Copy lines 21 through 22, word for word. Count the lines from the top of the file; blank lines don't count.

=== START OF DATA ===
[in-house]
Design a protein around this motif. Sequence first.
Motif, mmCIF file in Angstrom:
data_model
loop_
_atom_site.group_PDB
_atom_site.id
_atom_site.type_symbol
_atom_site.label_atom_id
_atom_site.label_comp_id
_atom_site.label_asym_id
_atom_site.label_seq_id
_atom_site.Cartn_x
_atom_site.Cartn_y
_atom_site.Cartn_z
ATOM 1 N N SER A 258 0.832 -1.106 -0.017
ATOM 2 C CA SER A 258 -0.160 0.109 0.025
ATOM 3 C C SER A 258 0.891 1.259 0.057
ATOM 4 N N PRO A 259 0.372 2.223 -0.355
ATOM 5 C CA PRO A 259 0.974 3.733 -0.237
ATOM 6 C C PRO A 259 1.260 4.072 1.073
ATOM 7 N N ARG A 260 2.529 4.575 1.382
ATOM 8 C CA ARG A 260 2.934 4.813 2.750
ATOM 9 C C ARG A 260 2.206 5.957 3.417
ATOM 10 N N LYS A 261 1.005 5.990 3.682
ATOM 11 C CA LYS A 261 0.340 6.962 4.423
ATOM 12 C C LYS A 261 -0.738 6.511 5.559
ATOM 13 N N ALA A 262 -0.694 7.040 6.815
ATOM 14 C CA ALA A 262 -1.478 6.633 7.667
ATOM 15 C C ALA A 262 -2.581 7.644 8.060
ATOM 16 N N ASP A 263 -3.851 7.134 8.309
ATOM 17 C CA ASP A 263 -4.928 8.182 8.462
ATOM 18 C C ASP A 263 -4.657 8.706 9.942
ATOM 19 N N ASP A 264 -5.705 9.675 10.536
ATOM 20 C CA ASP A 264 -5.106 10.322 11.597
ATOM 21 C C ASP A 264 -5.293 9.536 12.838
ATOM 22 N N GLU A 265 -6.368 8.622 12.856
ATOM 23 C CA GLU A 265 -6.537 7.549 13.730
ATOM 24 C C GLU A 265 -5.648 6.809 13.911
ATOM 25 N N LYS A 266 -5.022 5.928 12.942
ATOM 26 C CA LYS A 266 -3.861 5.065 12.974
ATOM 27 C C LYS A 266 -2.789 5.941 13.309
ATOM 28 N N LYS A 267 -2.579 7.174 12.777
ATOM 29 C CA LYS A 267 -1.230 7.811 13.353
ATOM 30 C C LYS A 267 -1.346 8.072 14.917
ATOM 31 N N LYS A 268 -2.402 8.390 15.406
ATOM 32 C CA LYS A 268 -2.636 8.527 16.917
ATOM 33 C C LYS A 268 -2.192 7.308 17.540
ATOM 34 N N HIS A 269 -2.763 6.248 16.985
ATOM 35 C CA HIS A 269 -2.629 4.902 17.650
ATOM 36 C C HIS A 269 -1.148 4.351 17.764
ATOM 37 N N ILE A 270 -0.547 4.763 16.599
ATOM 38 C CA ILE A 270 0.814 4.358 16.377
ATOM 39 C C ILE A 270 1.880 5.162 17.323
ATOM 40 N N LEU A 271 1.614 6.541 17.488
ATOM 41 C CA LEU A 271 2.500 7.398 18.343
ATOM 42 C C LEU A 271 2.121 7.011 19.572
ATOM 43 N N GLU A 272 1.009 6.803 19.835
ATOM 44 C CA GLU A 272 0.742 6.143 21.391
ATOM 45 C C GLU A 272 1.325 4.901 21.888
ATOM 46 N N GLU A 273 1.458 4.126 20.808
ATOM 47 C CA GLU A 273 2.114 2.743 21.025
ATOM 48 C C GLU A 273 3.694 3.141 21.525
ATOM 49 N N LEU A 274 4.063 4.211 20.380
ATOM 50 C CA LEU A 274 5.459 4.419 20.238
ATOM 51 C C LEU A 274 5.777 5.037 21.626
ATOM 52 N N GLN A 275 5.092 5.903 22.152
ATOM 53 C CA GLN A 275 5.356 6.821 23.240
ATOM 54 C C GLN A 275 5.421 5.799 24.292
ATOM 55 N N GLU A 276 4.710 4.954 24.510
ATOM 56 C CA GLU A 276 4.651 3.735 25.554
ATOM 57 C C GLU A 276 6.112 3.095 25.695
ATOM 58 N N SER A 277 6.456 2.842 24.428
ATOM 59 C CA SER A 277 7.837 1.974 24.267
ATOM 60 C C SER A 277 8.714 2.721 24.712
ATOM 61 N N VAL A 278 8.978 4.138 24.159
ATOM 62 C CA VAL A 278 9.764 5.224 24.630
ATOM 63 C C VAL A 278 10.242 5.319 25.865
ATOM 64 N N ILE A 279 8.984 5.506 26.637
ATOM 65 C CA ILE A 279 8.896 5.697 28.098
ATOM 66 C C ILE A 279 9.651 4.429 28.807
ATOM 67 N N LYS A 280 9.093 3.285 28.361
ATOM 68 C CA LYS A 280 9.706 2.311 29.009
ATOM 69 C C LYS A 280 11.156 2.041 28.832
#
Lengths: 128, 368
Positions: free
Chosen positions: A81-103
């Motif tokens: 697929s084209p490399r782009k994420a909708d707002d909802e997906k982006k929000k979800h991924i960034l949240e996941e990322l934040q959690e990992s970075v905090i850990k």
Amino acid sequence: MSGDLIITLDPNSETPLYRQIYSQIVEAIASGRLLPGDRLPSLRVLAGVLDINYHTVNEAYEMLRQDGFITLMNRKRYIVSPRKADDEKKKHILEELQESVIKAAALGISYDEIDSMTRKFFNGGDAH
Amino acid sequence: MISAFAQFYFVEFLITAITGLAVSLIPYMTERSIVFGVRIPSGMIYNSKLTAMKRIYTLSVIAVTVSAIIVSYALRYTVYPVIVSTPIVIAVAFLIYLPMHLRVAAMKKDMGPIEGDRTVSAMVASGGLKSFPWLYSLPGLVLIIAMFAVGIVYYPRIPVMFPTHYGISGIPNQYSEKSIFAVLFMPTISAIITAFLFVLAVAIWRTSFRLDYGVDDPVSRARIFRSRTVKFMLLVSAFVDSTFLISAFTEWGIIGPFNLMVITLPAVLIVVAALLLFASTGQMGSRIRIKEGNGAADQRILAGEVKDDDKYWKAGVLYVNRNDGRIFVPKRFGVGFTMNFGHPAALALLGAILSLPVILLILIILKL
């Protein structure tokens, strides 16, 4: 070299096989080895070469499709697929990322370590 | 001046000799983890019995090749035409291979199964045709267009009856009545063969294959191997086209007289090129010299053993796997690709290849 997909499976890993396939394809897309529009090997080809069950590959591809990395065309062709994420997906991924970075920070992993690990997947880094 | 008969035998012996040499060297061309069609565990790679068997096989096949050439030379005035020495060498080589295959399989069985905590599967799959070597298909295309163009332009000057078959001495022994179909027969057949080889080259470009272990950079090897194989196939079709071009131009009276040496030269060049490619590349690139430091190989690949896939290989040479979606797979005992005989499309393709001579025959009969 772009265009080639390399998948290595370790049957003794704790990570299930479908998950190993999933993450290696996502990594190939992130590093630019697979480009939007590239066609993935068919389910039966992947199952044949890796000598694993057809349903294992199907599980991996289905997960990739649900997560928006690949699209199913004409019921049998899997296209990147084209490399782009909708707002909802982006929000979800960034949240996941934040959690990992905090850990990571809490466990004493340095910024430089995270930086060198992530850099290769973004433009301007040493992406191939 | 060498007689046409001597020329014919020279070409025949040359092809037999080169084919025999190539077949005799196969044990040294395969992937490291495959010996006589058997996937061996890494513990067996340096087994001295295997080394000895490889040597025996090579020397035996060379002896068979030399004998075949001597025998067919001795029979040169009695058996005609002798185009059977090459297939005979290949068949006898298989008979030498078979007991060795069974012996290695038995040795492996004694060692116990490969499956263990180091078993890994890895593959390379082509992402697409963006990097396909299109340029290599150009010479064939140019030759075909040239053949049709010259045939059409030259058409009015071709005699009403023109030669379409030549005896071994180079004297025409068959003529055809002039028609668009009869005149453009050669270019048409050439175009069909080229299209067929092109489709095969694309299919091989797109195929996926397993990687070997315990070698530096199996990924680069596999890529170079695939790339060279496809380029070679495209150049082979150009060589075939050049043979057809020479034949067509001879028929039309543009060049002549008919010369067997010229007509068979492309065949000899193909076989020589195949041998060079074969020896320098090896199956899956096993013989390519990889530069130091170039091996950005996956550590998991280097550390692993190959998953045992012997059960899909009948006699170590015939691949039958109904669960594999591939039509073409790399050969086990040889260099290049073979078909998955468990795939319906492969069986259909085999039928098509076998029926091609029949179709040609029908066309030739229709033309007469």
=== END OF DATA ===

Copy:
ATOM 6 C C PRO A 259 1.260 4.072 1.073
ATOM 7 N N ARG A 260 2.529 4.575 1.382